A new structure is part of the Iowa City skyline — a 37-foot-tall wind turbine. The tower was constructed Tuesday on the University of Iowa campus, both as a power generator and as a learning tool.
Liz Christensen, director of the U-of-I’s Office of Stainability, says the propeller has three fiberglass blades, each about five feet long. “It will generate about 2.4 kilowatts which is roughly the amount used for a single-family home,” Christensen says. “When the power’s not being used or tested by the College of Engineering students, it goes right on our grid for use on the University of Iowa campus.”
While the tower is about the height of four stacked basketball hoops, she says the device is much smaller than most wind turbines that are built just for power generation, visible along many miles of Iowa interstates. “A lot of our engineering students are very interested in renewable energies, especially wind technology,” Christensen says. “The state of Iowa is second in the nation in terms of its wind generation capacity. This serves as an anchor for what we call our Green Energy Discovery District.”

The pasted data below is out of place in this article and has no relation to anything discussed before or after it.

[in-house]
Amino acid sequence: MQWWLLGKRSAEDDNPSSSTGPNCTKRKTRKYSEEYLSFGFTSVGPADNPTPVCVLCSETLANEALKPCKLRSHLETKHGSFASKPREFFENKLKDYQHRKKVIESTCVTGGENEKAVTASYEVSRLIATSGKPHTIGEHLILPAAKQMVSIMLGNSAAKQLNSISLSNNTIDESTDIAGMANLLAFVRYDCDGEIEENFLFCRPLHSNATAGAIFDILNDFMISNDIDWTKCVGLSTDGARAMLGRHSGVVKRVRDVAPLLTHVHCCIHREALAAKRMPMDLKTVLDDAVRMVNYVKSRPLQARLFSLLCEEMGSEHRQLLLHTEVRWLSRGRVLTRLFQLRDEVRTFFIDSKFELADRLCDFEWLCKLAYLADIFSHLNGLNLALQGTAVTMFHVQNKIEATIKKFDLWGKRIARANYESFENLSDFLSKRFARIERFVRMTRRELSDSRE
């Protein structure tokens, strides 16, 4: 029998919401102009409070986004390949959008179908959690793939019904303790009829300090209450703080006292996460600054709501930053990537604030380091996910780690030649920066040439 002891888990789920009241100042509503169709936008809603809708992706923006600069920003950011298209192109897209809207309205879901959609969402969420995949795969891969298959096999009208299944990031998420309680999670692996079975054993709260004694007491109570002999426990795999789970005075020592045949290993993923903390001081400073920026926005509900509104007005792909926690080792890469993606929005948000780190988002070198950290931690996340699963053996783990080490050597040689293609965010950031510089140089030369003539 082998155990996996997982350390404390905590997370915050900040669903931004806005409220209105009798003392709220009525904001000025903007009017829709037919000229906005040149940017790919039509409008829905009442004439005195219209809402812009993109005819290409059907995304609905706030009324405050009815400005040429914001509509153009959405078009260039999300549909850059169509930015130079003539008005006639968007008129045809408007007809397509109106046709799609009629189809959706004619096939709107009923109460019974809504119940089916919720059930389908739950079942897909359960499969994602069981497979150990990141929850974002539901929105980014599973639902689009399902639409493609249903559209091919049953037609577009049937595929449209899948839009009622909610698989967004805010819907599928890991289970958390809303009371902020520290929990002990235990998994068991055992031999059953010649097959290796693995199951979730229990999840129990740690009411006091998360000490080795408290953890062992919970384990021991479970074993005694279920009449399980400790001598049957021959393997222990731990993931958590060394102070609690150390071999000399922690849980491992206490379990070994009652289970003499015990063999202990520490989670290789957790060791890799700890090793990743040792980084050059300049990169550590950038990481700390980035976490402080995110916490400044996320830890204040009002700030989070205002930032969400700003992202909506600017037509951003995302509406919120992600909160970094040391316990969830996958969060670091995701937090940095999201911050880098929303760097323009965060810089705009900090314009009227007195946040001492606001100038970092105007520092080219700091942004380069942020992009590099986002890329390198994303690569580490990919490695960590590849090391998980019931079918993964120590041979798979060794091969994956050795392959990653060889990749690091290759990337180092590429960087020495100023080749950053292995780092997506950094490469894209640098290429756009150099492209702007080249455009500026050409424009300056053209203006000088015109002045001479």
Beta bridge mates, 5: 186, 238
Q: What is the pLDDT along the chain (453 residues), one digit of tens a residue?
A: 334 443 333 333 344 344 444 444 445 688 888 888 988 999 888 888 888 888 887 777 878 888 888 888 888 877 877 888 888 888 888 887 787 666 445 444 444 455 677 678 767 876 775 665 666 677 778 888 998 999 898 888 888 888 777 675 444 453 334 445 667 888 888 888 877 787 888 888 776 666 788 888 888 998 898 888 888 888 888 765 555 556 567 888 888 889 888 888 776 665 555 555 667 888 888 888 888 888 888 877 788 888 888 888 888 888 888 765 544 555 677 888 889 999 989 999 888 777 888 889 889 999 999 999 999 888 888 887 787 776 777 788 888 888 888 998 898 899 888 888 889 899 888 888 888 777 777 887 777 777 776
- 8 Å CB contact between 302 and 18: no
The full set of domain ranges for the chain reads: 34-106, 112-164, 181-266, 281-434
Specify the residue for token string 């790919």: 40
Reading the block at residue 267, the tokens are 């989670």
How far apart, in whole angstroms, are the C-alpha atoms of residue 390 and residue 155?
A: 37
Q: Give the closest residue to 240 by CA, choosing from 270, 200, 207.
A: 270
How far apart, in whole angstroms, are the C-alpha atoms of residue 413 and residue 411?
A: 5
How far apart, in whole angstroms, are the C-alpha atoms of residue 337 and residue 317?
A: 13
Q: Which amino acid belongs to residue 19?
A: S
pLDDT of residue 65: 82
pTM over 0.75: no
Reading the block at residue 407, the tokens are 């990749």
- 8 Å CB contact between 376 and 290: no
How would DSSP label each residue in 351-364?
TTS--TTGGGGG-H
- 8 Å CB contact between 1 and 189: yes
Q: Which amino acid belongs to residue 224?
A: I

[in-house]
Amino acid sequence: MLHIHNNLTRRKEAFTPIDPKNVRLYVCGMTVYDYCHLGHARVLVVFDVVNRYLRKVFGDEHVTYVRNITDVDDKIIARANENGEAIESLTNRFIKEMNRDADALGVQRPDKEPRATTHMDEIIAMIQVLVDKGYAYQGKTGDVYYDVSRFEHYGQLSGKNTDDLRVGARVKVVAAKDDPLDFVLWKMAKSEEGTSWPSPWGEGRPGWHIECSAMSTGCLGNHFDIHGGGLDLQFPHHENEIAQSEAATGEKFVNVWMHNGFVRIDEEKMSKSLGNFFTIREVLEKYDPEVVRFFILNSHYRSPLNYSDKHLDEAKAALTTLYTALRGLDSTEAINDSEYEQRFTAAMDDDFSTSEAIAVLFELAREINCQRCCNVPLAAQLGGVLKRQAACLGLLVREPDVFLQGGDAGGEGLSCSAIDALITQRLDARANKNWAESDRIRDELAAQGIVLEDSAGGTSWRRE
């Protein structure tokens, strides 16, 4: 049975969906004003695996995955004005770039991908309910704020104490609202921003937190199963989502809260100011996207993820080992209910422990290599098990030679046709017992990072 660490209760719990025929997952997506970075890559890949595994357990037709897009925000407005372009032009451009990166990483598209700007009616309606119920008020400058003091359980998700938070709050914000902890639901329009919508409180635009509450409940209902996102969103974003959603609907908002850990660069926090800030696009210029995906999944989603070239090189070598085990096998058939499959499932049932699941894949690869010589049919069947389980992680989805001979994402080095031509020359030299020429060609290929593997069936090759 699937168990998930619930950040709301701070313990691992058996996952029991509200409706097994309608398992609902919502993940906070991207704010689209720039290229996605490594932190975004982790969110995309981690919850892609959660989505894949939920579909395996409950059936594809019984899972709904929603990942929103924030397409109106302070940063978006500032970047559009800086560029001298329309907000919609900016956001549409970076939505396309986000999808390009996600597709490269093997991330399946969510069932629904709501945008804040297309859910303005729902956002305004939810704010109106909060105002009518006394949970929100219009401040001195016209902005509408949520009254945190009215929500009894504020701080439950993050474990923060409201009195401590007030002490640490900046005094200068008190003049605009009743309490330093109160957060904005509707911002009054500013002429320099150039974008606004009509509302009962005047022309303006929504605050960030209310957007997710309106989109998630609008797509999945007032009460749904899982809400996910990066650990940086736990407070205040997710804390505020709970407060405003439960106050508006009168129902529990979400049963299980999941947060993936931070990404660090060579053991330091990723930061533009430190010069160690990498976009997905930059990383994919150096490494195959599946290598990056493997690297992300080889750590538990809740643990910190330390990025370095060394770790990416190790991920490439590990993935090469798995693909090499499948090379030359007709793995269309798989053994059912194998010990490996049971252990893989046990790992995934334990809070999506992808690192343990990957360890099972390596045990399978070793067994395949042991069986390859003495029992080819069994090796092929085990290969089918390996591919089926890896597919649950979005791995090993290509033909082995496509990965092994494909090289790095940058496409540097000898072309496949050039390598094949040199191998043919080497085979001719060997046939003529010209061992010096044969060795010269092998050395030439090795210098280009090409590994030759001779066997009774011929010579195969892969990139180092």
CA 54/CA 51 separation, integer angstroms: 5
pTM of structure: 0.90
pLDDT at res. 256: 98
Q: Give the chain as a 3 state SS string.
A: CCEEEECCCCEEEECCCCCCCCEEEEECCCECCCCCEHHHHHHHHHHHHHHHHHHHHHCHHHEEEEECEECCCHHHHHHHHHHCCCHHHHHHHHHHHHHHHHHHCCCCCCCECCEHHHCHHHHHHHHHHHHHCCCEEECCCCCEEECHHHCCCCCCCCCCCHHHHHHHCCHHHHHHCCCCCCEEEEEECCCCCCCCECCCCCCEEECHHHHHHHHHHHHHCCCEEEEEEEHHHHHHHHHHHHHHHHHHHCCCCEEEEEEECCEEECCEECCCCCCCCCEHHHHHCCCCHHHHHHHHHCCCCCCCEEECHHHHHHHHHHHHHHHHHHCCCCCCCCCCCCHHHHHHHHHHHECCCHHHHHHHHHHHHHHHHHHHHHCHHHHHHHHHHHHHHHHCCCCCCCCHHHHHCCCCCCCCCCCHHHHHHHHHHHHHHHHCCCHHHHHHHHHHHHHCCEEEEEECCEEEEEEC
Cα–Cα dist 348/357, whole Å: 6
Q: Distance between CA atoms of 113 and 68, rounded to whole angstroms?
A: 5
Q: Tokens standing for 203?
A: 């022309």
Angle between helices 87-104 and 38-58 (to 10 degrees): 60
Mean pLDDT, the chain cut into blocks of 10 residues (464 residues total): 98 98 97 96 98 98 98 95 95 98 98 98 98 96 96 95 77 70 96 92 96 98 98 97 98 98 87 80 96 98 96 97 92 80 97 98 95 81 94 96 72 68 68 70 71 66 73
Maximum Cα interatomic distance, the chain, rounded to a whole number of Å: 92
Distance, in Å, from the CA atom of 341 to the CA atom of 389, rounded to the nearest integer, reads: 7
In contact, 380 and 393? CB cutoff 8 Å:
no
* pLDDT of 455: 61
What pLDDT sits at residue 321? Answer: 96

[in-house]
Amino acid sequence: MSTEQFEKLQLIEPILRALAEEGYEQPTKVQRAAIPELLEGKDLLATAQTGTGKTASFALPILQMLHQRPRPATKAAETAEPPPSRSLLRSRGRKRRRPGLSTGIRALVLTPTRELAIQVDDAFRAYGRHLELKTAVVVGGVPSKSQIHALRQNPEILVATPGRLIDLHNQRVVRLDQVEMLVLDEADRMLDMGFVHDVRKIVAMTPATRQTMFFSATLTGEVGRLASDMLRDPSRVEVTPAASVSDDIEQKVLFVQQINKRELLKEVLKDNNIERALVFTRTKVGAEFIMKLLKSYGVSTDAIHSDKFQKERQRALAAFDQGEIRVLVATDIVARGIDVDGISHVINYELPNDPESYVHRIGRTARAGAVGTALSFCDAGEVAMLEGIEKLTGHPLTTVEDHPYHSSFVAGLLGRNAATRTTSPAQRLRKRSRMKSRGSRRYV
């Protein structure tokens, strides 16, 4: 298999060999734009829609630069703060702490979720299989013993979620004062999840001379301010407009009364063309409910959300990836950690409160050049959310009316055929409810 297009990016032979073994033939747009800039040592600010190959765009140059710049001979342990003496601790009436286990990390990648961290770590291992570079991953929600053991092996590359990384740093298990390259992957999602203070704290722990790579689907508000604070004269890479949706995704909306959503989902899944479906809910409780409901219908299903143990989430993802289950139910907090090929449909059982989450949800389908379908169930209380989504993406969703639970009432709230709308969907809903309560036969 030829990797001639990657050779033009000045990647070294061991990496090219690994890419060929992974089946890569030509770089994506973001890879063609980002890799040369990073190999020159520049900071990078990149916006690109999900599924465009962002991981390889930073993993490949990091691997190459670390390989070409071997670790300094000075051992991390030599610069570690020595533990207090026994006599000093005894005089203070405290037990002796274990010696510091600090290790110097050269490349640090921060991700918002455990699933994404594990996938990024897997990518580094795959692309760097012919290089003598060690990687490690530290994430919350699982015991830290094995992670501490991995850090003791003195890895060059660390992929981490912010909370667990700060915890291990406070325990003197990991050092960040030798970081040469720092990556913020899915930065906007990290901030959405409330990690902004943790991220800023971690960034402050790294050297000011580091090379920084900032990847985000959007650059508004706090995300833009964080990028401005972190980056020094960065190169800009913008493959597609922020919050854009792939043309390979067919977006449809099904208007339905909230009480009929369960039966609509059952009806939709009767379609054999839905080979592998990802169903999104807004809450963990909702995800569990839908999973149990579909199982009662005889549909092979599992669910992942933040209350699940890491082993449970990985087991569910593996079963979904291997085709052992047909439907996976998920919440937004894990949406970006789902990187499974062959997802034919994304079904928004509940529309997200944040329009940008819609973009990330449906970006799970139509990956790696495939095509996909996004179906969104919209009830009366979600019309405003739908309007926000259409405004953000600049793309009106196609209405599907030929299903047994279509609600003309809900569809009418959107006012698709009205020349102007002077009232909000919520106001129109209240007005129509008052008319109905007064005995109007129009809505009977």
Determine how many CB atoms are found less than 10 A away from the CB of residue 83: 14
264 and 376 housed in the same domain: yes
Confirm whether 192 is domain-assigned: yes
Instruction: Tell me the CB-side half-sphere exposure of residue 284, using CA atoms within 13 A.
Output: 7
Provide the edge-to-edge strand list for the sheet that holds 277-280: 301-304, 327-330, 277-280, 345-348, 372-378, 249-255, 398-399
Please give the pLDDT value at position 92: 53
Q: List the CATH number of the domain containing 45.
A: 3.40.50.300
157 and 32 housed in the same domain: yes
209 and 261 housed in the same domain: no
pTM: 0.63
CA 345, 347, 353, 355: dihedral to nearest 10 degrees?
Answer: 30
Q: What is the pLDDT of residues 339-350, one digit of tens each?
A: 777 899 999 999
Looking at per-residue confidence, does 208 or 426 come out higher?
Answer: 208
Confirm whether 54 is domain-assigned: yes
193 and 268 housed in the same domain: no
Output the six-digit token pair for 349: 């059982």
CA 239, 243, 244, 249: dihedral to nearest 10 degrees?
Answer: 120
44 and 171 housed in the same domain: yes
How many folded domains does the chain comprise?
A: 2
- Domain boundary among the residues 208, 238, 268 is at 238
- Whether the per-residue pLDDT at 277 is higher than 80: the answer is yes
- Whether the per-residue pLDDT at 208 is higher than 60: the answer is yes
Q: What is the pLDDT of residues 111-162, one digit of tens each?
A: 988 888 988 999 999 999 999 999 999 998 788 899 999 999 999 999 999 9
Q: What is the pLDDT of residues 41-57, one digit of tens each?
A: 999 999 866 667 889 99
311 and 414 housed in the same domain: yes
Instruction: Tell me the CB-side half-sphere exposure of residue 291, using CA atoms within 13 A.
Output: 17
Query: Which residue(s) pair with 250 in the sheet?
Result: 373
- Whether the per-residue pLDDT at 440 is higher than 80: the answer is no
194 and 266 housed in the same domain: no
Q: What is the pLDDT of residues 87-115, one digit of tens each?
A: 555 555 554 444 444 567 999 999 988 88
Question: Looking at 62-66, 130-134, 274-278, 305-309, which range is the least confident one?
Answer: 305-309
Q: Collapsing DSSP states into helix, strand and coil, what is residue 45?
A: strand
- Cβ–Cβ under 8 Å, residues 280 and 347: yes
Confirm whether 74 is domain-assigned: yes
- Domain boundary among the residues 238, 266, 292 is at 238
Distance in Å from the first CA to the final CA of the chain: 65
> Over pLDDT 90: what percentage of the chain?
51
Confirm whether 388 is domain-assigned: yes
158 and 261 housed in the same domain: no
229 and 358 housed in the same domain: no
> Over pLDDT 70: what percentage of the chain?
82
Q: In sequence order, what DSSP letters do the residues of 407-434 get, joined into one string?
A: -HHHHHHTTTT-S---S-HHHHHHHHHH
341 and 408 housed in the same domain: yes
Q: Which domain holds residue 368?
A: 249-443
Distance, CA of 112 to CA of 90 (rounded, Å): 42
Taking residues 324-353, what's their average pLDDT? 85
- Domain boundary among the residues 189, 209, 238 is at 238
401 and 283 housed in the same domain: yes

The tower was put up near the Iowa River at the south end of Madison Street. “We’ll have two types of solar panel technologies on display and in use in that area,” Christensen says. “We have a film technology which is on a portion of the Cambus building and we’re in the process of constructing a new solar-electric car charging station that will be down there as well.”
She says the U-of-I power plant is expanding its use of biomass while the school’s fleet of alternative fuel vehicles is also growing. The turbine is being paid for through a $40,000 grant from the Iowa Alliance for Wind Innovation and Novel Development.